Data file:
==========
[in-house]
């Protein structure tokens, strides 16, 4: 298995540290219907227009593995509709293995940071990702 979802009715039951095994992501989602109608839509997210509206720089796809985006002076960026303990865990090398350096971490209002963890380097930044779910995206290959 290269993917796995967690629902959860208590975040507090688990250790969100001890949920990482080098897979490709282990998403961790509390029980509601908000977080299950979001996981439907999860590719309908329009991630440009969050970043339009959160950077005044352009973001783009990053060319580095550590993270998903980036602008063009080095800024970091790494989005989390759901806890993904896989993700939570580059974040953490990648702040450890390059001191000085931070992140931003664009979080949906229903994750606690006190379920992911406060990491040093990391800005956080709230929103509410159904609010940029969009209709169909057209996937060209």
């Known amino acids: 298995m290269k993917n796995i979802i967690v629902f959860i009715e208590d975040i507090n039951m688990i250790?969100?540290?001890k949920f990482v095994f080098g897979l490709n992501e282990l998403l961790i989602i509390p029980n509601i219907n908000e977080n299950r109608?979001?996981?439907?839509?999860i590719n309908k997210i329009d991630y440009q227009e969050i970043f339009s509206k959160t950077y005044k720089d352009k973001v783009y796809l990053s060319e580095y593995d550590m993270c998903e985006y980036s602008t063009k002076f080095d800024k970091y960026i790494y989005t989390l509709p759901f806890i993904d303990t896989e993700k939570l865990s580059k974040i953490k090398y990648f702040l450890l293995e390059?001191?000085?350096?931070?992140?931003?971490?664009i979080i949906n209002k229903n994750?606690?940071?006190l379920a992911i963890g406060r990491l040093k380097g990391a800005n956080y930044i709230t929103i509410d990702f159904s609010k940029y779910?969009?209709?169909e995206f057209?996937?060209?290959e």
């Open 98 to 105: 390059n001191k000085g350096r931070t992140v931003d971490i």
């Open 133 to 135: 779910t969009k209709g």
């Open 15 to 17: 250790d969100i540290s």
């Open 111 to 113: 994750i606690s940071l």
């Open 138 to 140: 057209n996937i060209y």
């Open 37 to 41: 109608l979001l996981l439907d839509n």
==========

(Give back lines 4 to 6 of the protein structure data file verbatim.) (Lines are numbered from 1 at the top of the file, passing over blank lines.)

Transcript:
């Open 98 to 105: 390059n001191k000085g350096r931070t992140v931003d971490i």
């Open 133 to 135: 779910t969009k209709g």
């Open 15 to 17: 250790d969100i540290s």